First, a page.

Dec. 11 Premarket Briefing: 10 Things You Should Know

Here are 10 things you should know for Wednesday, Dec. 11:

1. -- U.S. stock futures were declining and stocks across the globe were mostly lower as investors have drawn the conclusion it's likely the Federal Reserve will curtail stimulus for the U.S. economy this month.

European shares were flat. Asian stocks ended Wednesday's session with losses. Japan's Nikkei 225 closed down 0.6% 

2. -- The economic calendar in the U.S. Wednesday includes the Treasury Budget for November at 2 p.m. EST.

3. -- U.S. stocks on Tuesday closed lower amid budget talks in Washington and profit-taking after the S&P 500 reached a record high on Monday, and concerns the Federal Reserve might curtail its bond-buying program of $85 billion a month as early as next week

The S&P 500 lost 0.32% to close at 1,802.62 while the Dow Jones Industrial Average fell 0.33% to 15,973.13. The Nasdaq closed 0.2% lower at 4,060.49.

4. -- Congressional negotiators reached a modest budget agreement Tuesday to restore about $65 billion in automatic spending cuts from programs ranging from parks to the Pentagon, with votes expected in both houses by the end of the week.

Officials said the increases would be offset by a variety of spending reductions and increased fees elsewhere in the budget totaling about $85 billion over a decade, enough for a largely symbolic cut of roughly $20 billion in the nation's $17 trillion debt.

House Budget Committee Chairman Paul Ryan, R-Wis., who with his Senate counterpart, Patty Murray, D-Wash., unveiled the measure on Tuesday, will pitch the measure to skeptical conservatives at a closed-door GOP meeting on Wednesday. Democrats are set to discuss it as well, but the measure won an immediate endorsement from President Obama.

5. -- MasterCard (MA), the credit card giant, announced Tuesday a 10-for-1 stock split, an 83% boost to its dividend and a buyback plan of $3.5 billion.

The stock closed Tuesday at $763.61. The stock split will push the shares below $80. The split is scheduled to occur Jan. 21.

The new quarterly dividend of $1.10, or 11 cents after the split, will be paid Feb. 10.

"Today's actions reflect our ongoing commitment to deliver shareholder value as well as our confidence in the long-term growth and financial performance of our company," said Ajay Banga, MasterCard's president and CEO, in a statement.

6. -- Hewlett-Packard (HPQ) CEO Meg Whitman told CNBC in an interview that "desktops are not dead" as the computer and printer maker battles tough competition in the technology market.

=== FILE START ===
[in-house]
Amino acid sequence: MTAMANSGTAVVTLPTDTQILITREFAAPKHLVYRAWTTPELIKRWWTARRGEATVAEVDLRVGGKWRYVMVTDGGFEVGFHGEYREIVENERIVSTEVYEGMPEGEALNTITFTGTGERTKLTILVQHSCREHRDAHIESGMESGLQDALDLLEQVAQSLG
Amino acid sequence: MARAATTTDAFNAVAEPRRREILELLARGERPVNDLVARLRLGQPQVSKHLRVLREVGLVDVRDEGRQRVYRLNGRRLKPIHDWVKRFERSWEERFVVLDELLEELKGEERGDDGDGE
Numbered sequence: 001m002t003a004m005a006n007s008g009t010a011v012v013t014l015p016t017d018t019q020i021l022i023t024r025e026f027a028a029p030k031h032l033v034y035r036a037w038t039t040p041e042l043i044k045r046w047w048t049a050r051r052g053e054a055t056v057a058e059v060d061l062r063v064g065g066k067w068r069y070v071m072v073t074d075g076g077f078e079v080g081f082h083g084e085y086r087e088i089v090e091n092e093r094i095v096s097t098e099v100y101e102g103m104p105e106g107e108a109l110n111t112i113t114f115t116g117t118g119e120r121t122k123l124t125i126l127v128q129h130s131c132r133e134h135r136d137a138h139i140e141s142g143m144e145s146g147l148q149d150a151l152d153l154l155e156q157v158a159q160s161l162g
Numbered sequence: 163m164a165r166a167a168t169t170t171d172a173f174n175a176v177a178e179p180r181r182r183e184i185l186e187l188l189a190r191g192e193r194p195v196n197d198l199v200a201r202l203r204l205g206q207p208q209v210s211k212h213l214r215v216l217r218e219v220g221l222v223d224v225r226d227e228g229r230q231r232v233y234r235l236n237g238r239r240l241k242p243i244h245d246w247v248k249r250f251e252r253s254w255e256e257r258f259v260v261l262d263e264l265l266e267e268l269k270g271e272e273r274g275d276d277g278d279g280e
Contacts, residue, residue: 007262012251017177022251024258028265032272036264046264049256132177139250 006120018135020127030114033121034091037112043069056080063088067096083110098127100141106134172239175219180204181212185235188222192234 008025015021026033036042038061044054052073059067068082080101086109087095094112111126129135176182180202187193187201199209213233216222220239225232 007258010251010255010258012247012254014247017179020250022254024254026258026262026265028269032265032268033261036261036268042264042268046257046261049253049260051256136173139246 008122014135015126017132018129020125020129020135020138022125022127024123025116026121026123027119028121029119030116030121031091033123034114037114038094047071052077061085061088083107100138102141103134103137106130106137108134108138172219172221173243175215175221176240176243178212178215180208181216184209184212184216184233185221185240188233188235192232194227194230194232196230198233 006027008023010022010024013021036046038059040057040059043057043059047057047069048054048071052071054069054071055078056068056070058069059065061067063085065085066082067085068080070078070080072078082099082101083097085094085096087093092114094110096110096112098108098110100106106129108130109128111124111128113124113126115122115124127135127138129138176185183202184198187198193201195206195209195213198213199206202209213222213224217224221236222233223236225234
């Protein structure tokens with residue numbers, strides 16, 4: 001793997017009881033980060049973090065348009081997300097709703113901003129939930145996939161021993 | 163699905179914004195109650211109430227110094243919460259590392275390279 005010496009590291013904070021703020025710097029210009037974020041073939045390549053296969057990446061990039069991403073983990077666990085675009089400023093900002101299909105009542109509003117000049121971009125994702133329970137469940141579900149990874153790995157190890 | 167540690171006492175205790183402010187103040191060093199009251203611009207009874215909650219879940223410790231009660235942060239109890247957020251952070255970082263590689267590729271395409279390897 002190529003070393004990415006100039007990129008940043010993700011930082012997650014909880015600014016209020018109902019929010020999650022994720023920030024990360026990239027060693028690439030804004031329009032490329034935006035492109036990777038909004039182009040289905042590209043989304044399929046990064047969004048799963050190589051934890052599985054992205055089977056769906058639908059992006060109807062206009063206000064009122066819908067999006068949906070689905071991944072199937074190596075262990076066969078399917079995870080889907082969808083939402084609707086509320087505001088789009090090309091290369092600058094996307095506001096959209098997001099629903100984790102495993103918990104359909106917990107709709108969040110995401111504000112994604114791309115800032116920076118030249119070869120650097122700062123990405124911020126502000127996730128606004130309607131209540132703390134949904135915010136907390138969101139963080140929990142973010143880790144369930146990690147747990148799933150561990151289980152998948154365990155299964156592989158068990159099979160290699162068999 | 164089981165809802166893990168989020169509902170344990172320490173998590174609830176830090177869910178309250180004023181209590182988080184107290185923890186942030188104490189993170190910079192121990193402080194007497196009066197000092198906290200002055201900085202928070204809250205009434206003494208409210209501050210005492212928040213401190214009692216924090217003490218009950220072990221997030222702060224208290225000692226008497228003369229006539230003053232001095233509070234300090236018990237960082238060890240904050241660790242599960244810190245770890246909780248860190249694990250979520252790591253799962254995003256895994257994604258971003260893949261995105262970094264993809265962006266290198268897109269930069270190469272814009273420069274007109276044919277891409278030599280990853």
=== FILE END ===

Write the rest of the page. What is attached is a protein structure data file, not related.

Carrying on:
Whitman said HP is working on innovative products for consumers including a device which combines the laptop and tablet.

"We're making a lot of progress," she told CNBC at HP's Discover Conference in Barcelona. "We have to continue to innovate. The innovation engine is alive and well at HP."

7. -- Hilton Worldwide Holdings' initial public offering is expected to be priced after the markets close Wednesday.

The hotel chain moved the offering to Wednesday from Thursday because of strong demand for the IPO, which is expected to raise about $2.4 billion. 

Hilton plans to offer almost 113 million shares at $18 to $21 a share.

8. -- Costco (COST), the warehouse retailer, posted fiscal first-quarter profit of $425 million, or 96 cents a share, up from year-earlier earnings of $416 million, or 95 cents a share, a year earlier. Analysts. however, were expecting earnings of $1.02 a share.

9. -- General Motors (GM) said Wednesday it will stop making cars and engines in Australia by the end of 2017, with nearly 2,900 jobs to be lost, because of high production costs and competition.

10. -- The federal health care law is becoming a heavier political burden for President Obama and his party, according to a new Wall Street Journal/NBC News poll.

Disapproval of Obama's job performance hit an all-time high in the poll, at 54%, amid the flawed rollout of the health law. Half of those polled now consider the law a bad idea, also a record high, the poll found.

-- Written by Joseph Woelfel

To contact the writer of this article, click here:Joseph Woelfel

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Copyright 2013 Inc. All rights reserved. This material may not be published, broadcast, rewritten, or redistributed. AP contributed to this report.

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